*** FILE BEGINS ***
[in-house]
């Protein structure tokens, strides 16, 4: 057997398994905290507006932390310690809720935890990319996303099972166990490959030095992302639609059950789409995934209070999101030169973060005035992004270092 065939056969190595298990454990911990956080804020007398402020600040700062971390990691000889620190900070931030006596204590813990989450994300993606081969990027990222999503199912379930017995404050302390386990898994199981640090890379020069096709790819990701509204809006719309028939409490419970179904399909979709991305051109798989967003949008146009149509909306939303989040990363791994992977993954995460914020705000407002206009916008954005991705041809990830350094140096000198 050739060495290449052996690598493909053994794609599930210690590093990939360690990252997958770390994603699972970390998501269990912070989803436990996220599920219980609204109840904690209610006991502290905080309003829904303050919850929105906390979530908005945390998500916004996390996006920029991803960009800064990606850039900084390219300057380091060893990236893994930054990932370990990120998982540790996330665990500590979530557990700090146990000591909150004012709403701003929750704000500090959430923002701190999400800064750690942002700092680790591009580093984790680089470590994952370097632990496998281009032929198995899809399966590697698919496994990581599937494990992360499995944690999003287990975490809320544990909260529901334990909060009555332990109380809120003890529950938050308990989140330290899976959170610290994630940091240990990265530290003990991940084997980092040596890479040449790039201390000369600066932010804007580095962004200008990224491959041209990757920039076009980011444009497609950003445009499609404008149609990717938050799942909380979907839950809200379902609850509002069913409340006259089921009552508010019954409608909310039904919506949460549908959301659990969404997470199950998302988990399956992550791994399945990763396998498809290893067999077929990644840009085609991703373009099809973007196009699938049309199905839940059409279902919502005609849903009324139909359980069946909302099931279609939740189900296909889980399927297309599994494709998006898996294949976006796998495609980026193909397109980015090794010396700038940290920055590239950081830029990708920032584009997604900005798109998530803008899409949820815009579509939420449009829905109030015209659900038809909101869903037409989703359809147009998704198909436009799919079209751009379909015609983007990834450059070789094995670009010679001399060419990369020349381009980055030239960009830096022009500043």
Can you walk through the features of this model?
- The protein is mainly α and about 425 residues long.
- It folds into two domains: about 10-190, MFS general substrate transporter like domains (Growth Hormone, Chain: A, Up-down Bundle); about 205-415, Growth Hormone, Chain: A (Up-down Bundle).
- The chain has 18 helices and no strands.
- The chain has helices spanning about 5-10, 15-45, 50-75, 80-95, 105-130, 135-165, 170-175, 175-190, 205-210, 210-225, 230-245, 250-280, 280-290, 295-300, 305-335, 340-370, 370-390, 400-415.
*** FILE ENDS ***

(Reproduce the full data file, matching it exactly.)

[in-house]
């Protein structure tokens, strides 16, 4: 057997398994905290507006932390310690809720935890990319996303099972166990490959030095992302639609059950789409995934209070999101030169973060005035992004270092 065939056969190595298990454990911990956080804020007398402020600040700062971390990691000889620190900070931030006596204590813990989450994300993606081969990027990222999503199912379930017995404050302390386990898994199981640090890379020069096709790819990701509204809006719309028939409490419970179904399909979709991305051109798989967003949008146009149509909306939303989040990363791994992977993954995460914020705000407002206009916008954005991705041809990830350094140096000198 050739060495290449052996690598493909053994794609599930210690590093990939360690990252997958770390994603699972970390998501269990912070989803436990996220599920219980609204109840904690209610006991502290905080309003829904303050919850929105906390979530908005945390998500916004996390996006920029991803960009800064990606850039900084390219300057380091060893990236893994930054990932370990990120998982540790996330665990500590979530557990700090146990000591909150004012709403701003929750704000500090959430923002701190999400800064750690942002700092680790591009580093984790680089470590994952370097632990496998281009032929198995899809399966590697698919496994990581599937494990992360499995944690999003287990975490809320544990909260529901334990909060009555332990109380809120003890529950938050308990989140330290899976959170610290994630940091240990990265530290003990991940084997980092040596890479040449790039201390000369600066932010804007580095962004200008990224491959041209990757920039076009980011444009497609950003445009499609404008149609990717938050799942909380979907839950809200379902609850509002069913409340006259089921009552508010019954409608909310039904919506949460549908959301659990969404997470199950998302988990399956992550791994399945990763396998498809290893067999077929990644840009085609991703373009099809973007196009699938049309199905839940059409279902919502005609849903009324139909359980069946909302099931279609939740189900296909889980399927297309599994494709998006898996294949976006796998495609980026193909397109980015090794010396700038940290920055590239950081830029990708920032584009997604900005798109998530803008899409949820815009579509939420449009829905109030015209659900038809909101869903037409989703359809147009998704198909436009799919079209751009379909015609983007990834450059070789094995670009010679001399060419990369020349381009980055030239960009830096022009500043």
Can you walk through the features of this model?
- The protein is mainly α and about 425 residues long.
- It folds into two domains: about 10-190, MFS general substrate transporter like domains (Growth Hormone, Chain: A, Up-down Bundle); about 205-415, Growth Hormone, Chain: A (Up-down Bundle).
- The chain has 18 helices and no strands.
- The chain has helices spanning about 5-10, 15-45, 50-75, 80-95, 105-130, 135-165, 170-175, 175-190, 205-210, 210-225, 230-245, 250-280, 280-290, 295-300, 305-335, 340-370, 370-390, 400-415.